To assemble this Markov bot, I asked Crystal for a copy of the text from all Atavist Magazine stories. Though the medium-of-choice for our stories is HTML, in this case I requested plain-text versions, which are easier to ingest and use than HTML (which would need to be filtered). It’s actually kind of frightening to see the sum total of an enormous amount of editorial work represented as a mere folder of word files!
Once collected, there were a few post-processing steps required before this text was ready for the bot. From prior experience with Markov bots, I knew I wanted to use the “twitter_ebooks” Ruby library to make the bot. This library, written to more easily create bots in the style of the “horse_ebooks” bot, can take a person’s tweets, transform them into a text “model” suitable for a Markov chain, and does some of the grunt work around posting tweets on a randomized schedule.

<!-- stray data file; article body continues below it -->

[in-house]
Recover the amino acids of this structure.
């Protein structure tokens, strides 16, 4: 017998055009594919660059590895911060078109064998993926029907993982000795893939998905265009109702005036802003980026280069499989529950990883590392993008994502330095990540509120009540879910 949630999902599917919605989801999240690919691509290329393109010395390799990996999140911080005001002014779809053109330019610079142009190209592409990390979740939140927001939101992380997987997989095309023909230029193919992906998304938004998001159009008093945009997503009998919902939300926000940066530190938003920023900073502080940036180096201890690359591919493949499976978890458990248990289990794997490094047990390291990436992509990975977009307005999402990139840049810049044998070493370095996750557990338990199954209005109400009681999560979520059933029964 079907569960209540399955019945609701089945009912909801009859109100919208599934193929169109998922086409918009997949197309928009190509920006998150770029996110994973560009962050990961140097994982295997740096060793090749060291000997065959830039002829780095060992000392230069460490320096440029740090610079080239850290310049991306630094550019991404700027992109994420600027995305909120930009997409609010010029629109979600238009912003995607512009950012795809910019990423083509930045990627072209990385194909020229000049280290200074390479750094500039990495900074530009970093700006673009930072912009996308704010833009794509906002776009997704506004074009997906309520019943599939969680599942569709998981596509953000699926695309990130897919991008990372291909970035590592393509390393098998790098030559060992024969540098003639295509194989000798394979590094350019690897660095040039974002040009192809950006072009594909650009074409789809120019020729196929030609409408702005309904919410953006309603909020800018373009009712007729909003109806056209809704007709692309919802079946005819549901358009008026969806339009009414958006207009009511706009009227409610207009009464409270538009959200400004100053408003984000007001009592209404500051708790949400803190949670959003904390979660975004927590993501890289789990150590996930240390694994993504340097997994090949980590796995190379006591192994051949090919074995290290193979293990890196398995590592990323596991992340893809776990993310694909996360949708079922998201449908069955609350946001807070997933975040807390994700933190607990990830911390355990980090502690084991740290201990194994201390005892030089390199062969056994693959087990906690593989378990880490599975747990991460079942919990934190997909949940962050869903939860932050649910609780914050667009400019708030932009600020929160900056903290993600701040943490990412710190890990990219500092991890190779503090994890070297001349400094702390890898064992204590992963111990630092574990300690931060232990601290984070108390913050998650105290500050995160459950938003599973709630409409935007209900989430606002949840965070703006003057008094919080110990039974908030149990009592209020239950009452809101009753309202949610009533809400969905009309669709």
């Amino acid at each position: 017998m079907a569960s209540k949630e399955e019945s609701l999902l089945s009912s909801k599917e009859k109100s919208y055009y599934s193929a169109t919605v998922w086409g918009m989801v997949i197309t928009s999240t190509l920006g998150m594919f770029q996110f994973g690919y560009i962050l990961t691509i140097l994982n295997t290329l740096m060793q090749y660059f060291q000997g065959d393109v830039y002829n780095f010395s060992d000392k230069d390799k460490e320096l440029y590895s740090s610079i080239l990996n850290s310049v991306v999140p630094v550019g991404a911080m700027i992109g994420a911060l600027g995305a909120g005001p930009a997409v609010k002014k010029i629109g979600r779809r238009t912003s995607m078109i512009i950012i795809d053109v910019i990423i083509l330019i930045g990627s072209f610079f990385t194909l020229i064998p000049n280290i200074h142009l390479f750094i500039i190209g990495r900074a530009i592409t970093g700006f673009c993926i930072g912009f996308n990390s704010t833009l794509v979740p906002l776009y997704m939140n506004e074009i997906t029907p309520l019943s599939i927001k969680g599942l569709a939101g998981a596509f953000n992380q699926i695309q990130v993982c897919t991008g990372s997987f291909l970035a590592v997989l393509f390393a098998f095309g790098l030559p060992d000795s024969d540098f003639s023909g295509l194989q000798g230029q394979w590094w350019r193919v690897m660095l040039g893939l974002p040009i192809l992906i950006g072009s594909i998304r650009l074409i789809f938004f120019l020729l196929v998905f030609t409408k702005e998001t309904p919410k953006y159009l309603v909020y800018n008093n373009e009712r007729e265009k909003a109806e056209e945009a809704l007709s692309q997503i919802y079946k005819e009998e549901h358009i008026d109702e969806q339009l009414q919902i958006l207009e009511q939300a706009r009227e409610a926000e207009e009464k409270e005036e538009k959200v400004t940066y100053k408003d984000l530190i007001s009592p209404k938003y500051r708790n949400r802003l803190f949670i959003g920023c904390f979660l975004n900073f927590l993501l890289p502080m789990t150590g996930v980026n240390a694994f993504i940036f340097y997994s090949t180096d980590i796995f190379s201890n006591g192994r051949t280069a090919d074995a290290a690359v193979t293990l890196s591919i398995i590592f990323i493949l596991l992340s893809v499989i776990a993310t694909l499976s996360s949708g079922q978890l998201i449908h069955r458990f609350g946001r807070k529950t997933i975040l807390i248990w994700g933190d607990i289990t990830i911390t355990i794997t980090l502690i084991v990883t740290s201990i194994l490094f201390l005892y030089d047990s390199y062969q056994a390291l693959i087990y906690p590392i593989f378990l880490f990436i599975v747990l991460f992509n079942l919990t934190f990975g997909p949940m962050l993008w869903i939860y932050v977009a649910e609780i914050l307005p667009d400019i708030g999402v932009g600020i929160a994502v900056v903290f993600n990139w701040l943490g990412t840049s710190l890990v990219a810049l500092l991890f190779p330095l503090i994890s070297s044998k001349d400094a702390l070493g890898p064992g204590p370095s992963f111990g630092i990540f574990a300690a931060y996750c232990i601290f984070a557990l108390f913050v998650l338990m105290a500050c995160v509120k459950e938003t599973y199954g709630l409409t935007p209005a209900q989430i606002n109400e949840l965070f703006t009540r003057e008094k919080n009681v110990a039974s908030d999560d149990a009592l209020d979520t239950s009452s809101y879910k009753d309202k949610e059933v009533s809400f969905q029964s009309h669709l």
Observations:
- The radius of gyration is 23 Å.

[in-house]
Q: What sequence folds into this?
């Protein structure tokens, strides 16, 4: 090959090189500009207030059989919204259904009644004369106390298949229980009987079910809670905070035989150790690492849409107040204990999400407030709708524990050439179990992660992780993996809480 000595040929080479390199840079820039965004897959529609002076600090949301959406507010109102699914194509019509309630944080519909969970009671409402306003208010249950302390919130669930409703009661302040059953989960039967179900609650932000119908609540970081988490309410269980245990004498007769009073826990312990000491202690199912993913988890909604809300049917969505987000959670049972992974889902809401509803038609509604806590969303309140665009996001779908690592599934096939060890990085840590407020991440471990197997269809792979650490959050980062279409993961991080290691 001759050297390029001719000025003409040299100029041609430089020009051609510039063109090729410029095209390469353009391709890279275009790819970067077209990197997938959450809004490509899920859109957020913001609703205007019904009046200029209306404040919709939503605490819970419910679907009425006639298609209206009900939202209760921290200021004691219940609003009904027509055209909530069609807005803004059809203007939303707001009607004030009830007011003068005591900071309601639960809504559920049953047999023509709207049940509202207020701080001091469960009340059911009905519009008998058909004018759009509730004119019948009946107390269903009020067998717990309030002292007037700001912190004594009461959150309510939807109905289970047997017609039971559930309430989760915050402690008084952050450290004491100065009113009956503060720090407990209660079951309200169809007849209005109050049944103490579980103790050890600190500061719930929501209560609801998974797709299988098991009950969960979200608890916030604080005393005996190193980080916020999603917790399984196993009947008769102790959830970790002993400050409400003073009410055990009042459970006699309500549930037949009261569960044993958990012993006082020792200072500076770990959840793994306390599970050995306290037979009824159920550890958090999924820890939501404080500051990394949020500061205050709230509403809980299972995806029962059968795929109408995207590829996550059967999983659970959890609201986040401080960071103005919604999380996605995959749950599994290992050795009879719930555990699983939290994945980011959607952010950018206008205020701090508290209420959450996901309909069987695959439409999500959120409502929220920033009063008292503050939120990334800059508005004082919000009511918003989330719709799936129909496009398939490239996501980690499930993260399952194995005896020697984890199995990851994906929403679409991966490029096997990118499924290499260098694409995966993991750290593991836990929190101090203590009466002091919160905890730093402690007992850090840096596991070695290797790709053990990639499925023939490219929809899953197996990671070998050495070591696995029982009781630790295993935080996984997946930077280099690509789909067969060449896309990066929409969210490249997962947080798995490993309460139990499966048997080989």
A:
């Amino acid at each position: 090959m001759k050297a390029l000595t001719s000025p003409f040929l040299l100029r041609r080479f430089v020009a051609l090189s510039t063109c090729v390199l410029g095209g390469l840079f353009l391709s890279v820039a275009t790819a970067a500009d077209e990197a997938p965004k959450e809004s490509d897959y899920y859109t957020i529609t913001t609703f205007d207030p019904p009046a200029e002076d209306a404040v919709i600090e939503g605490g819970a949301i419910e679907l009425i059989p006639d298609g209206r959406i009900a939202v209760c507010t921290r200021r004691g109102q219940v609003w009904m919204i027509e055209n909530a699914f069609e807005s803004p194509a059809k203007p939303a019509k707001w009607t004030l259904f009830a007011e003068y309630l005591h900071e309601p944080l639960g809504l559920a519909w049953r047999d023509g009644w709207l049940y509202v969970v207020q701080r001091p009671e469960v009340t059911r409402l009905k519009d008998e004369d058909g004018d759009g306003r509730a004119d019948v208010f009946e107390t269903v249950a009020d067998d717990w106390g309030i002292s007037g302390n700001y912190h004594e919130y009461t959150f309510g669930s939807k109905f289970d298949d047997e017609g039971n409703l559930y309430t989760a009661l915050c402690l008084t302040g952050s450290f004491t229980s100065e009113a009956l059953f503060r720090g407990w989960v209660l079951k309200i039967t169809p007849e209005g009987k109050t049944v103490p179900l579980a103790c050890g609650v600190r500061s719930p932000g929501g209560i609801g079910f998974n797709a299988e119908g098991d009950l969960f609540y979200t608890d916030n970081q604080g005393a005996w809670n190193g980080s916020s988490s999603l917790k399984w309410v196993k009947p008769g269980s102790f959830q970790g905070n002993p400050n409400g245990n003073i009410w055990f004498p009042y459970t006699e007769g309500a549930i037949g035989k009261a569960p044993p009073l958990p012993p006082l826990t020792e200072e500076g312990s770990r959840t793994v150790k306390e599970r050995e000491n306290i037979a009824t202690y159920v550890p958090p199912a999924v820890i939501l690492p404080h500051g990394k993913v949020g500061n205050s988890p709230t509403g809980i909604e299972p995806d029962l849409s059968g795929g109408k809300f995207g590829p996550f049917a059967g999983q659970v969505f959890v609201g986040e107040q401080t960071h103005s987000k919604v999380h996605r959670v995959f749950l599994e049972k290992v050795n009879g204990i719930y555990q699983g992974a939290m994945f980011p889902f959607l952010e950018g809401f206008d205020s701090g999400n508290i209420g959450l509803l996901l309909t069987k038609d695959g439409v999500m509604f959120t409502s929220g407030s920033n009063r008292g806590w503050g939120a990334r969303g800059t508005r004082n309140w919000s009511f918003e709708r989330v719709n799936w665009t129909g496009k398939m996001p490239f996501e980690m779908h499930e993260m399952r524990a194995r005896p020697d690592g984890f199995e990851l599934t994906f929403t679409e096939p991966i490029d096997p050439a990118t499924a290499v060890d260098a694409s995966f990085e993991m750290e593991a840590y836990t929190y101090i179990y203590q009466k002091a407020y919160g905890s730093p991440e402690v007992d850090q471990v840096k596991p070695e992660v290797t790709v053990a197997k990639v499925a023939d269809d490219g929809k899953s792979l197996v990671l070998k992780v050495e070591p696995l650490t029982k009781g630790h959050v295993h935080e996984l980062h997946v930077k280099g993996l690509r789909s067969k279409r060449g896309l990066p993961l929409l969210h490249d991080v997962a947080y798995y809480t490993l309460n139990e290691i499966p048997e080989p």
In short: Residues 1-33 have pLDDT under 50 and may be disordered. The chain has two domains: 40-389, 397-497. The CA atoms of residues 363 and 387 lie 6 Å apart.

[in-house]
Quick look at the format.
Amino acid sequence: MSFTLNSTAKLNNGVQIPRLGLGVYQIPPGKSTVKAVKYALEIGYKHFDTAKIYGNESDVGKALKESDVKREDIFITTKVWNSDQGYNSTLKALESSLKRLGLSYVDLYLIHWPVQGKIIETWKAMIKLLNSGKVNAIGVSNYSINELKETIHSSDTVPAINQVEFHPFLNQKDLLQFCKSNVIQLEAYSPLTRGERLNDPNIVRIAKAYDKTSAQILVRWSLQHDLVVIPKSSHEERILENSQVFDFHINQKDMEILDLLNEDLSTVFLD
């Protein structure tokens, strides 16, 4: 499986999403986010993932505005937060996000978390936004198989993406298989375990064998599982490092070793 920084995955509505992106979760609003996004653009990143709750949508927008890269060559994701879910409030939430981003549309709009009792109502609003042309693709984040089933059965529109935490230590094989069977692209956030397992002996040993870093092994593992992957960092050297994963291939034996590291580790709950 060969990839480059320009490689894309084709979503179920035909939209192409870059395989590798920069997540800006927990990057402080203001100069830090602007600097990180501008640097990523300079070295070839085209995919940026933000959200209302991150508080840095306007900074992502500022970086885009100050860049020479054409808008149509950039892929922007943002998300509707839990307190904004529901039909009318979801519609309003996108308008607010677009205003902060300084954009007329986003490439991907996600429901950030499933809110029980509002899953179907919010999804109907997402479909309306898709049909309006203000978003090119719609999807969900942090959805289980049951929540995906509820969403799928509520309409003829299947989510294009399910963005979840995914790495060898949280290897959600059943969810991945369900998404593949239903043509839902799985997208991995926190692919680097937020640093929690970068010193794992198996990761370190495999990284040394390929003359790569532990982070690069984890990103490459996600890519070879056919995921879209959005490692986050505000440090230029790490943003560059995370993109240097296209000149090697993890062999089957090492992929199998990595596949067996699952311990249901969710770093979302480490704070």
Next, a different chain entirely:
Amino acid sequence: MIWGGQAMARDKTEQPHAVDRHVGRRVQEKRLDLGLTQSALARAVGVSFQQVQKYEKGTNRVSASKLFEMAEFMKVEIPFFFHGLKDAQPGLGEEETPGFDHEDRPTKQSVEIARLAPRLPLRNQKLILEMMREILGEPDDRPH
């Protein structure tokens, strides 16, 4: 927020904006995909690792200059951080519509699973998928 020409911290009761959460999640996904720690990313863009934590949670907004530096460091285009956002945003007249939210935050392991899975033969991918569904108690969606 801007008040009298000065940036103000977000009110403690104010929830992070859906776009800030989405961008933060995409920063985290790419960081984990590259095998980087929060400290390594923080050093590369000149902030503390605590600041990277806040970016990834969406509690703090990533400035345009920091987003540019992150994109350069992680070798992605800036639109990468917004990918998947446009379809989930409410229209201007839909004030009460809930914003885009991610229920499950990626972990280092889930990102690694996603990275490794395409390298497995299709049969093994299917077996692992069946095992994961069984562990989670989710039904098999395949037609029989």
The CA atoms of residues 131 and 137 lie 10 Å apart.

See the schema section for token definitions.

Though the twitter_ebooks library is often used to create a bot using your own tweets as a corpus, it’s also possible to use it with any old bit of text. Unfortunately Microsoft Word files aren’t really “text” in the truest sense! They’re text wrapped in all kinds of formatting and proprietary crap. So without even looking into it I knew I needed to convert all of these stories from Word files to plain text.
Additionally, the twitter_ebooks library expects plain text input to be delimited by line returns. Which means that in an ideal world I’d have one giant text file with all the stories lumped together, but where each line in the text file consisting of a separate sentence from each of the stories. Quite literally a tall order!